I was finally in the warmth of Lynne'spresence and home with the welcome I lloked forward to expressed in the belated Christmas card below:

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Lynne had a lovely book to accompany the card. It is one I had expressed an interest in. ( I had mentioned it in a previous posting).

(click of photo to enlarge)

This is Lesley Hazleton's lucid explanation of the historic schism within Islam that began after the death of the Prophet. This is the division of Shia and Sunni Islam. It is a fascinating read made very understandable by the clear writing style of the author. I spend time during my visit to read it and and managed to finish it on the train ride home a week later.
I had a lovely visit with Lynne which began with watching on TV some of the festivities on the streets of Toronto (Nathan Phillips Square) and in Time Square New York welcoming in the New Year. It was a relaxed week with Lynne. There were several lovely meals, a visit from her daughter and granddaughter, some movies on TV and some games of Scrabble. We each won a game and have yet to play the rubber match. Lynne is quite competitive so I expect we will play it the next time we meet. We had an opportunity to go to the NHL hockey game in Toronto and for some reason I was reluctant to go, so we took a pass. Shame on me! (I am not the fan I once was. How un-Canadian of me.) Another day we were planning to go to the Theatre and use Lynne's subscription tickets when her daughter was not able to go. I happened to mention the World Junior Hockey final was being played the same evening in Buffalo. Immediately, the theatre was out. Lynne is a enthusiastic hockey fan and we just had to watch on TV the Canada/Russia game for the gold medal. In Canada hockey is a "religion". Canada lost to the Russians , in a dramatic third period way, which made the game a national tragedy. We will get over it. At least we did not lose to the Americans. :)
January 4 was my sister's 70th birthday. Lynne and I went to share in a family party. Penny and David's four grown children were there along with their grandson. Elizabeth, her daughter, was home from London where she works and Scott, her eldest son, came in from Montreal, which he calls home. There were some friends also present. Good conversation, delicious food and reminisences were the activities of the evening. It was a lovely time and I am glad I made the effort to be there.
The next day, Penny came to Lynne's house and shared her thoughts and photos on her pilgrimage trek along the Camino de Santiago in Spain. Last year she did part of it with her youngest son. This past year she did the rest of it, part with her husband, David; the rest alone. She did have a short visit from Elizabeth during her trek. It was interesting to hear her impressions of the pilgrimage and the significance the whole experience was for her. This historic route was travelled prior to the Christian era by the ancient Celts who believed they were travelling to the edge of the World. It turns out it passes by the recent archeological finds of the oldest human ramains in Europe. Christians used this route as a pilgrimage route to celebrate the Life and influence of St James (Camino de Santiago or Way of Saint James) whose relics (bones) are thought to be buried at the Cathedral of Compostela. Saint James is the patron saint of Spain. I think Penny was most moved by the ideal of travelling the Way that so many pilgrims had travelled before for centuries. There are many historic sites and symbols along the way. She completed the whole trail and earned the designation of "Pilgrim". It was an admirable feat for someone her age and I am happy she found it so meaningful.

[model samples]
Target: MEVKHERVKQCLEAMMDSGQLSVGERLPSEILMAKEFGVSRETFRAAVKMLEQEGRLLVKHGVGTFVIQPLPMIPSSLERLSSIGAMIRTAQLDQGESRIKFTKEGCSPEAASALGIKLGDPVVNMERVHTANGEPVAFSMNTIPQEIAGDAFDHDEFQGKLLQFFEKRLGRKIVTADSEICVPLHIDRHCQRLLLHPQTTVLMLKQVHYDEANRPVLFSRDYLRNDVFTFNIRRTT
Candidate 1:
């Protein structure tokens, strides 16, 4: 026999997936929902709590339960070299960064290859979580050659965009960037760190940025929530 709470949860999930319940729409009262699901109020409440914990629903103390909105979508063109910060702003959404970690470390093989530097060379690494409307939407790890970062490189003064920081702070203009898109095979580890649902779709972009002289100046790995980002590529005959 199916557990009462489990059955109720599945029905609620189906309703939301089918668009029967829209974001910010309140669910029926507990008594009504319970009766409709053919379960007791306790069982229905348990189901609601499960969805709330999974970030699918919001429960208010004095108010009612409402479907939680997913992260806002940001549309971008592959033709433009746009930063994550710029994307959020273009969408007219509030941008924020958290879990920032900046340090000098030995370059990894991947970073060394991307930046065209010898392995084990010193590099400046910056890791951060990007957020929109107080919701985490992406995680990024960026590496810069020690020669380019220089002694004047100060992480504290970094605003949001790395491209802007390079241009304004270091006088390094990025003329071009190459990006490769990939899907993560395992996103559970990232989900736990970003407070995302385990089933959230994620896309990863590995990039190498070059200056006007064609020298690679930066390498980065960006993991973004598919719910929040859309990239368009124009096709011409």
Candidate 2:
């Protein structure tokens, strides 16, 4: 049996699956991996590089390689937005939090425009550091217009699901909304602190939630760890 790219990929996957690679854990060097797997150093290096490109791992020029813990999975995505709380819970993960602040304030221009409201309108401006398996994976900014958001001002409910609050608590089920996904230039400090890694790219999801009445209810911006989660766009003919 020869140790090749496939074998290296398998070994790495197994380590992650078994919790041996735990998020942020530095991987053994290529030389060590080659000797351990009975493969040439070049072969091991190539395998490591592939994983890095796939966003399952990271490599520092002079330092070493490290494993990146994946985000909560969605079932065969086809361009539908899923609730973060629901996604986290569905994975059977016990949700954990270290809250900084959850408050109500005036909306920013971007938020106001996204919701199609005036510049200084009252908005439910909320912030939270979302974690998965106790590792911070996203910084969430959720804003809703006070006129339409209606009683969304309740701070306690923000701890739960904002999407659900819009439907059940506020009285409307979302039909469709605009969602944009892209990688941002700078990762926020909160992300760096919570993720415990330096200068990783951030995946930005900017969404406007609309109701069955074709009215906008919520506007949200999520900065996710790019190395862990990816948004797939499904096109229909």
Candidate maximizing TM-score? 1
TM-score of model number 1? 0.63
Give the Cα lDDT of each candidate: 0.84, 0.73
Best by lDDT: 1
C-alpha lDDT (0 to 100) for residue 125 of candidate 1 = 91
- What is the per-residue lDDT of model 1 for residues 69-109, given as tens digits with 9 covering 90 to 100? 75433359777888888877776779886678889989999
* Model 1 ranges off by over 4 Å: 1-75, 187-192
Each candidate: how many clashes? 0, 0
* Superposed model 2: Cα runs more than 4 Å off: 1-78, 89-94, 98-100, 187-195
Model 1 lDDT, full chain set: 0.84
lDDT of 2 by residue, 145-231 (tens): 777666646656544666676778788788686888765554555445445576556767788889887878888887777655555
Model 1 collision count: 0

This year Penny will be travelling again. She and David are going to Australia to visit a neice there. She also is going to London for the Royal Wedding. She has plans to sleep on the street overnight (weather permitting) in order to share the experience with the common folk gathering for the day of celebration) to wait for the wedding party to pass by. She is even more of a Royalist than I am. I would like to be there myself although I could not convince Lynne to consider it. My mother was always very interested in the Royal Family and in its own way being there on this occasion would be a tribute to her. I shall be glued to the TV for sure as will so many millions around the World.
Finally, the day came to come home. I had called my son's home to arrange with him to drive me home from Sturgeon Falls. I was so relieved when my youngest grandson, Travis, volunteered the information that Heidi was very good while there. I worried about her all the time I was away. I came home by train, my prefered way of travel. It takes about 5 hours to North Bay and then a half hour bus ride to Sturgeon Falls. Unfortunately, there is a two hour wait in North Bay to make the connection. I managed to finish the last few chapters of my book in this time so it passed quickly.
It was good to get home although the heat had been off in my house while I was away so it took a while to get it up to temperature. It would be a day before the walls, furniture and the like warmed up. I slept in my own bed with all my clothes on as the mattress was very cold. It was good to be home with Heidi who now was warming the other side of the bed. It was a lovely trip with no regrets.